The Opposite of Fate: A Book of Musings

The Opposite of Fate: A Book of Musings

by Amy Tan
4.5 19

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Overview

The Opposite of Fate: A Book of Musings by Amy Tan

Delve into the stories from Amy Tan's life that inspired bestselling novels like The Joy Luck Club and The Valley of Amazement

Amy Tan has touched millions of readers with haunting and sympathetic novels of cultural complexity and profound empathy. With the same spirit and humor that characterize her acclaimed novels, she now shares her insight into her own life and how she escaped the curses of her past to make a future of her own. She takes us on a journey from her childhood of tragedy and comedy to the present day and her arrival as one of the world's best-loved novelists. Whether recalling arguments with her mother in suburban California or introducing us to the ghosts that inhabit her computer, The Opposite of Fate offers vivid portraits of choices, attitudes, charms, and luck in action--a refreshing antidote to the world-weariness and uncertainties we all face today.

Product Details

ISBN-13: 9781101200414
Publisher: Penguin Publishing Group
Publication date: 10/27/2003
Sold by: Penguin Group
Format: NOOK Book
Pages: 416
Sales rank: 298,318
File size: 1 MB
Age Range: 18 Years

About the Author

Amy Tan is the author of The Joy Luck Club, The Kitchen God’s Wife, The Hundred Secret Senses, The Bonesetter's Daughter, The Opposite of Fate, Saving Fish from Drowning, and two children’s books, The Moon Lady and The Chinese Siamese Cat, which has been adapted as Sagwa, a PBS series for children. Tan was also the co-producer and co-screenwriter of the film version of The Joy Luck Club, and her essays and stories have appeared in numerous magazines and anthologies. Her work has been translated into more than twenty-five languages. Tan, who has a master’s degree in linguistics from San Jose University, has worked as a language specialist to programs serving children with developmental disabilities. She lives with her husband in San Francisco and New York.

Hometown:

San Francisco, California and New York, New York

Date of Birth:

February 19, 1952

Place of Birth:

Oakland, California

Education:

B.A., San Jose State University, 1973; M.A., 1974

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The Opposite of Fate: Memories of a Writing Life 4.5 out of 5 based on 0 ratings. 19 reviews.
Anonymous More than 1 year ago
I found myself laughing out loud while reading some of Tan's writing. I love that she gives very clear and personal details. I imagine the situations as I read them. I have a Korean mom and Tan's writing makes me think about my mom :) And the humorous clashes between my Eastern and Western culture and upbringing. I love this book!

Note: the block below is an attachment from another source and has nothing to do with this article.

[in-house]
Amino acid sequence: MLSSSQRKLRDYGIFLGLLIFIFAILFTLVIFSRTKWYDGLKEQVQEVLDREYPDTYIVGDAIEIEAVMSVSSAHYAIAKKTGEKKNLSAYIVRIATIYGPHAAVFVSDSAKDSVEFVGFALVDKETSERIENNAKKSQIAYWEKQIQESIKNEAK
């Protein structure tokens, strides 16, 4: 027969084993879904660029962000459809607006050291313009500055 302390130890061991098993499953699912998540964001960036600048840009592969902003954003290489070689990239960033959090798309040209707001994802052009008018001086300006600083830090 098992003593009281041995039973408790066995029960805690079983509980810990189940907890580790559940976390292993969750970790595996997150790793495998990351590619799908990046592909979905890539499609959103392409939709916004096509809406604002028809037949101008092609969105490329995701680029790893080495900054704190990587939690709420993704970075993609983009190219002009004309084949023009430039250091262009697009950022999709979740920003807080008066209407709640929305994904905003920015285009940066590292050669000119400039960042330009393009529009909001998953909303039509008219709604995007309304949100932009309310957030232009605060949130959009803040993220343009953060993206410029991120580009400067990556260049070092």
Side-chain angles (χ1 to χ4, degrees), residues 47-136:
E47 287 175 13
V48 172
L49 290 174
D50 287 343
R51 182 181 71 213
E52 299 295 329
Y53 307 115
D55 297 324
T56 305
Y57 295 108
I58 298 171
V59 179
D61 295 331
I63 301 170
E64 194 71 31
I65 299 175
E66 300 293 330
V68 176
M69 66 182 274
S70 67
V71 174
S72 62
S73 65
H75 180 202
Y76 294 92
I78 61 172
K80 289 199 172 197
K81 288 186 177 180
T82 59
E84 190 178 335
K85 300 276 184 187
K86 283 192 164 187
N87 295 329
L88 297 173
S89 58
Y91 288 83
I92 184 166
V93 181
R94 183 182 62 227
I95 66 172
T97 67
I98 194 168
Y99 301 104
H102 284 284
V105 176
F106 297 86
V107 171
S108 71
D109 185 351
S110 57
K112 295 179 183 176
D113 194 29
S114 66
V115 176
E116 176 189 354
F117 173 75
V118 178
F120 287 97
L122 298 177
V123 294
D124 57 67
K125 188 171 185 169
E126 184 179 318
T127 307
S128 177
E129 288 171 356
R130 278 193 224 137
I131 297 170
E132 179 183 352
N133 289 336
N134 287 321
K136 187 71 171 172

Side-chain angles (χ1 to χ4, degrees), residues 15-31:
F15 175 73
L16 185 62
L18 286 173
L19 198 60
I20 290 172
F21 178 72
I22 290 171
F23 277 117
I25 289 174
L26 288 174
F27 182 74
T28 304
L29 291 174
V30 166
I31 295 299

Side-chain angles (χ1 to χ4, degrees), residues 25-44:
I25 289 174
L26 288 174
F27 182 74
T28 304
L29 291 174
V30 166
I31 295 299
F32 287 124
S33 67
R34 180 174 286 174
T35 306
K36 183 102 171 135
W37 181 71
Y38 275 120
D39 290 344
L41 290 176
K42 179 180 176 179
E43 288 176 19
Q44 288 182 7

Guest More than 1 year ago
I will be completely honest--I missed a book club meeting and was disappointed when I was told this was the next selection. I even thought of skipping it. I had never read Amy Tan so my reluctance had nothing to do with her, I am just not a big fan of memoirs. I decided to give it a try and I have to say I am so glad I did. I had trouble putting it down. It is not written in the 'typical' memoir format--chronological order, but instead is told in a series of shorter passages. This book also changed me in a way. It opened my eyes to several things, including the way people who don't speak 'perfect English' are treated in America. I will make an effort to be more patient the next time I am interacting with someone who speaks 'broken English'. This is a book that stays with you after you finish reading it. I look forward to reading all of her books.
Guest More than 1 year ago
I would highly recommend this book to anyone, and not just writers, women, North Americans with Asian heritage or people with any such specific demographics. A charming and well-written book that is true to the memoir genre where you get to know the author rather than the events of his/her life. There are enough interesting stories from Ms Tan's past, especially the cultural and cross-cultural ones - the former involving her Chinese ancestry and the latter involving her American and Chinese heritage. The reader knows plenty about the events of her life, but only the ones which matter to her, which, ultimately, are the ones that really matter in getting to know someone. However, Ms Tan's goal and focus was to set the record straight on Amy Tan, what she's like and where she stands on many issues, and that she did. There are many enlightening essays with Ms Tan's views and questions on a variety of interesting topics, with notes on how they've impacted her life. The writing style, vocabulary and organization of stories are very typical and symbolic of Ms Tan's ways. I feel like I partly know her now, as in having a feel of the gist of what she is like, how she thinks and sees the world, and that I would find her very amiable if I met her. I only wish every memoir could tell me as much about the writer. PS If you are writing essays on Ms Tan's books and/or her, take her adviace and avoid using Cliff's Notes. Cliff never met her. Net sources are even worse!
je917 More than 1 year ago
This is a great book, especially if you want to know about writing and the difficulties. You really understand how many forces are pulling on a writer. I consider this one of her best. Truly great.
Anonymous More than 1 year ago
Not a typical memoir.
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Guest More than 1 year ago
If you love Amy Tan, read this. If you don't know Amy Tan, read her books! This review is brief, because the others are so long. All I can say is, start reading Amy Tan and read her memoirs--you'll be delighted.
Anonymous More than 1 year ago
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